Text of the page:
Jesus wasn’t rich, although with his powers, he could have been the richest man on earth. Jesus said of himself, “Foxes have holes, and birds of the air have nests; but the Son of man hath not where to lay his head.” (Lk 9:58) Yet, Jesus was offered the entire world and the glory contained therein, if he but fall down on his knees and worship the Devil. (Mt 4:8-9) Jesus rejected this offer by saying, “Away with you, Satan! For it is written, ‘You shall worship the Lord your God, and Him only you shall serve.” (Mt 4:10) If Jesus had given in to this temptation, he could have escaped the cross and all the suffering and shame.
Jesus by his own power could have sold his gifts and made trillions of dollars. Imagine, who wouldn’t give all that they owned just to have their loved ones back from the dead? Who wouldn’t give all that they had just to be cured from a dreadful disease? Yet, Jesus never once sold any of his powers in order to obtain a house, fancy clothes, adequate food or for money.
Jesus gave such heavenly powers to his apostles, and they too could have made trillions of dollars and even justified it. They were commanded to go into all the world to preach the gospel to every creature. They could have used the money to carry out the Lord’s commandment to them. Yet, they did not! Could they not have said that obtaining such money was an ends to a means? Could they not have said that performing miracles for money was what today they call, an “Expedient”? The answer was no. Why? Because Jesus gave his disciples a direct commandment to the contrary. Jesus commanded them, “…Preach the kingdom of God and to heal the sick. …Take nothing for the journey, neither staffs nor bag nor bread nor money; and do not have two tunics apiece. Whatever house you enter, stay there, and from there depart. And whoever will not receive you, when you go out of that city, shake off the very dust from your feet as a testimony against them.” (Lk 9:2-5)
By the time Saul of Tarsus was converted and became the apostle Paul, Jesus had already died and arose from the dead and ascended back into heaven. Paul began by taking money from congregations, but later he refused such. (2 Cor 11:8) Yes, he said a preacher was worthy of his hire. (Lk 10:7) Yes, he said, Even so the Lord has commanded that those who preach the gospel should live from the gospel.” (1 Cor 9:14) But then he concluded by saying this, “What is my reward then? That when I preach the gospel, I may present the gospel of Christ without charge, that I may not abuse my authority in the gospel.” (1 Cor 9:18) It was something he repeated to the Thessalonians when he said, “For you yourselves know how you ought to follow us, for we were not disorderly among you; nor did we eat anyone’s bread free of charge, but worked with labor and toil night and day, that we might not be a burden to any of you, not because we do not have authority, but to make ourselves an example of how you should follow us.” (2 Thess 3:7-9)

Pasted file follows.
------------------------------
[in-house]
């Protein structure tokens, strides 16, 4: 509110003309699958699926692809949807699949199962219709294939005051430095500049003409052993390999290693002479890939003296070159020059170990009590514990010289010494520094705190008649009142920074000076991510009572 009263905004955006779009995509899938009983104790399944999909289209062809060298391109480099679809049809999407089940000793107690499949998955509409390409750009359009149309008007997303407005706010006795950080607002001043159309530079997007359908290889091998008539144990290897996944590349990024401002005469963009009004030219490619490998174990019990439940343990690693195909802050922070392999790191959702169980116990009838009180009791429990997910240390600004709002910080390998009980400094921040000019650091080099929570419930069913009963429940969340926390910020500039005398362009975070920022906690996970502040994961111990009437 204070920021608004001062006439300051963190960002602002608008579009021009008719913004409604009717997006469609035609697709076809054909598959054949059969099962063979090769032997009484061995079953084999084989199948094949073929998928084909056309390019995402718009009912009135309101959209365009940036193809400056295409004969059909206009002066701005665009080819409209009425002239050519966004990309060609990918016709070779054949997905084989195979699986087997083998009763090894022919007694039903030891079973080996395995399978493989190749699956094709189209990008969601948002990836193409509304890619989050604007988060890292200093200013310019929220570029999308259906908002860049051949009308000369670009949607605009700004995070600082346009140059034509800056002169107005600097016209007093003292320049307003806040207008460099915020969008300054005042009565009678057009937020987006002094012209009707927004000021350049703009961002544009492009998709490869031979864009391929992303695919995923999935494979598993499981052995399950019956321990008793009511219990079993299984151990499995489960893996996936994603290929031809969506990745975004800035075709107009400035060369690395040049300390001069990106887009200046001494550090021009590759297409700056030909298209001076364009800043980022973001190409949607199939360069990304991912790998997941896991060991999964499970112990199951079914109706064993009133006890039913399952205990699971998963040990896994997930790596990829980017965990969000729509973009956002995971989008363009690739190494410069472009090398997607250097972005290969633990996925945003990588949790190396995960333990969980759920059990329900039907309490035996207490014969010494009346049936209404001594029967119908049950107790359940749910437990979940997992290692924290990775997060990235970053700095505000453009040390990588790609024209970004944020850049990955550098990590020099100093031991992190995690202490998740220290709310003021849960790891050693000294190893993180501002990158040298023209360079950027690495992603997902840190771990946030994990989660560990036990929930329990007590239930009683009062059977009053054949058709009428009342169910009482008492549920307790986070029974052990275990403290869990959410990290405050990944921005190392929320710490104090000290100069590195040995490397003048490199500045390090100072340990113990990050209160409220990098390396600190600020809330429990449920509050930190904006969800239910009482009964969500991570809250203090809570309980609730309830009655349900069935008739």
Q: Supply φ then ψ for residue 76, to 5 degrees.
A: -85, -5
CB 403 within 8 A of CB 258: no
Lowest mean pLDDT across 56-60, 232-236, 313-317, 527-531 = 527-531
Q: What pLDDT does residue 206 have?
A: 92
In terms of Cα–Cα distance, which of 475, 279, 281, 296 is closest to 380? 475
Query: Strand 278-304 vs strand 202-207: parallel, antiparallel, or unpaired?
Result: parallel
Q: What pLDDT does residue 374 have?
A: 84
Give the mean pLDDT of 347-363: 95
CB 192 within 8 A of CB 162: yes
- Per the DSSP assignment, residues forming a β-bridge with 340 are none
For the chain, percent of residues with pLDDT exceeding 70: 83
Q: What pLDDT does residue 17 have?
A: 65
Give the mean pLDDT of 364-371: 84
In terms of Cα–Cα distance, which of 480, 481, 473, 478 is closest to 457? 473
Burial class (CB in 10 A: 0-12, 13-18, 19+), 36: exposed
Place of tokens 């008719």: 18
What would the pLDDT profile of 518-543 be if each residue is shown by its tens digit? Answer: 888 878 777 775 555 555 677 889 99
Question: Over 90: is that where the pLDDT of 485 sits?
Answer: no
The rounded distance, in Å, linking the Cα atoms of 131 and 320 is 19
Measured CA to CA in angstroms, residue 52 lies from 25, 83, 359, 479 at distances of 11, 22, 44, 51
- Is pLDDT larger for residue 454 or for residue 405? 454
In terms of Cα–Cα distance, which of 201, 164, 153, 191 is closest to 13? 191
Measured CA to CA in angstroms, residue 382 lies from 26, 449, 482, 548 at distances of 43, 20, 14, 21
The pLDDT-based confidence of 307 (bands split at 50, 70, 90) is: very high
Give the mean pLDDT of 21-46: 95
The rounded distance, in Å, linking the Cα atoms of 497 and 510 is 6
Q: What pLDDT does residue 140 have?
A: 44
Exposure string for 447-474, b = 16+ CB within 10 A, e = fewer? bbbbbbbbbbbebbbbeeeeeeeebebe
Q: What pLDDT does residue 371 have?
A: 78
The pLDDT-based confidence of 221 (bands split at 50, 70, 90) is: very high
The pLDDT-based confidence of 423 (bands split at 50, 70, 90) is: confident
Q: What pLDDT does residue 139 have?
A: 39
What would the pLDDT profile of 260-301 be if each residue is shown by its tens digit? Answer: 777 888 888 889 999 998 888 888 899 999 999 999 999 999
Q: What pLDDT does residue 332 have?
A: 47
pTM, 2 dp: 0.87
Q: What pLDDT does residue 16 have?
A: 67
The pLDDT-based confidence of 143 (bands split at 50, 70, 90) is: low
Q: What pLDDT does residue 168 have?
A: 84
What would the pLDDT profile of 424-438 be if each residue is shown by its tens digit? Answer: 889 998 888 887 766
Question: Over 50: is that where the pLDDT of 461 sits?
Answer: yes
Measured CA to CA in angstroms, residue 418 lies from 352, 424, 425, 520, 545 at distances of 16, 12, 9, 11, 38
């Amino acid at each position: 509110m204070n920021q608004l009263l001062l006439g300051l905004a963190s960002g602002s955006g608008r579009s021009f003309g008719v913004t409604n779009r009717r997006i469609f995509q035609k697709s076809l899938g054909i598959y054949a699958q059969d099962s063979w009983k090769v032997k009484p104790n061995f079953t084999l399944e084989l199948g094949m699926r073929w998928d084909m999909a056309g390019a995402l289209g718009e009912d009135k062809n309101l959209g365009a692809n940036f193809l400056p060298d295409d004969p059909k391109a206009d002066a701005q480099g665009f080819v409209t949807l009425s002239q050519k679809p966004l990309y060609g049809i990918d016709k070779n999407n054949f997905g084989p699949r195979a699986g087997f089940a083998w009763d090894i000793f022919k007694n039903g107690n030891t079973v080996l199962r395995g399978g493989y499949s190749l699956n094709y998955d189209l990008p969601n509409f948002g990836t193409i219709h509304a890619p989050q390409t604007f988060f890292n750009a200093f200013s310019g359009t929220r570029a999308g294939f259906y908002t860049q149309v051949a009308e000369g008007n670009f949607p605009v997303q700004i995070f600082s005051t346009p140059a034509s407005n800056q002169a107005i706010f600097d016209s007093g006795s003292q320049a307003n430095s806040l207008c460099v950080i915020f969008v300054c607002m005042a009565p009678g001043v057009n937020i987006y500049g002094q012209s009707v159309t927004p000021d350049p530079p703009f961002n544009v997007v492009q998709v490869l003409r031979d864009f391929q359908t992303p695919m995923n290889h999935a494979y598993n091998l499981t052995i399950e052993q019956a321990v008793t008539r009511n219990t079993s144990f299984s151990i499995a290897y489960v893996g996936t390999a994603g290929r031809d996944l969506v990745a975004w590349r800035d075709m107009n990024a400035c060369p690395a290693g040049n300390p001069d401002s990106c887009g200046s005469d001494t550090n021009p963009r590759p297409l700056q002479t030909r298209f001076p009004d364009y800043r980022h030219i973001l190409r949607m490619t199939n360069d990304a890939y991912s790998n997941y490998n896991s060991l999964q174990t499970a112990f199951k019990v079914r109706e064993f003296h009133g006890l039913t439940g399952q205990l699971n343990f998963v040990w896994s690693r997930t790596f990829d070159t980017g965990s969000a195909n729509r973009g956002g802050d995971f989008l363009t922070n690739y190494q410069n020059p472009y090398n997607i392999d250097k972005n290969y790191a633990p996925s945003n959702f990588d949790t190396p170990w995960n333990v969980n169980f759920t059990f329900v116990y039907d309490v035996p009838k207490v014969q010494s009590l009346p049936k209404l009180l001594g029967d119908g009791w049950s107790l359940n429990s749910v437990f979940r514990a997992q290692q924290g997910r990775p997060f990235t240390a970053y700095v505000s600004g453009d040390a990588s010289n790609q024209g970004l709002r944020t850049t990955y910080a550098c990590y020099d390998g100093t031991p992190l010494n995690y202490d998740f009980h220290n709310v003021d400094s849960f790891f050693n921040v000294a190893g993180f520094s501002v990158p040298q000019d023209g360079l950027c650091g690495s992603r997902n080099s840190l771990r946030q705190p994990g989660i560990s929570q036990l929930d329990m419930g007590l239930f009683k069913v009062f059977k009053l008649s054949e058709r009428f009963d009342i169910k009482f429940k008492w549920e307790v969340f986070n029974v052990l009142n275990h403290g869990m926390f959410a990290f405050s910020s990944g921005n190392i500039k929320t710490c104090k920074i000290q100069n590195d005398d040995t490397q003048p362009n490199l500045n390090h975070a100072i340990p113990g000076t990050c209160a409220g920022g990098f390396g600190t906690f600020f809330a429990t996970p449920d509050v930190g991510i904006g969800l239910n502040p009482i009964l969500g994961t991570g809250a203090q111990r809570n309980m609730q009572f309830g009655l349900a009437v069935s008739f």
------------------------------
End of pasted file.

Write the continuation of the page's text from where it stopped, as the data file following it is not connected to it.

Jesus was our example to follow in sufferings. Notice the words of the apostle Peter, “For what credit is it if, when you are beaten for your faults, you take it patiently? But when you do good and suffer, if you take it patiently, this is commendable before God. For to this you were called, because Christ also suffered for us, leaving us an example, that you should follow His steps: Who committed no sin, nor was deceit found in His mouth; who, when He was reviled, did not revile in return; when He suffered, He did not threaten, but committed Himself to Him who judges righteously” (1 Pet 2:20-23)
It’s impossible to share in the sufferings of Jesus and his apostles when we are living a lavish lifestyle. Christians were not called to become the world, but rather to be separate from the world, the called out. Preachers were warned against the love money. (1 Tim 6:3-10) Yes, money is a part of the world, but truly it is not needed in order to preach the gospel of Christ. Christians were commanded to give freely and willingly of their money, but never out of any necessity to preach the gospel or to help the needy. (2 Cor 9:6,7)
Preachers who preach the gospel and don’t need the money are not stealing from man, but from God. Even so, preachers who preach the gospel having little and are not compensated, the church is guilty of stealing from the servants of God. I don’t personally know of of too many gospel preachers who preach in order to get rich. Anyone who knows the lifestyle of a gospel preacher knows that if they preach the unadulterated gospel of Christ, they will only live a modest lifestyle at best. Yes, money can be a temptation for some preachers to preach what the people want to hear, as opposed to what they need and must hear. If one has the means to preach for no compensation, they will be more apt to preach the truth as it is, and not give in to fables and doctrines of men. (Tit 1:14) Preachers deserve to be paid a salary, but elders need to beware that the preachers they hire are not there for the love of money, but for the love of the truth. After all, preaching is not a career, but rather a commandment given to all faithful Christian men. (2 Tim 4:2-5)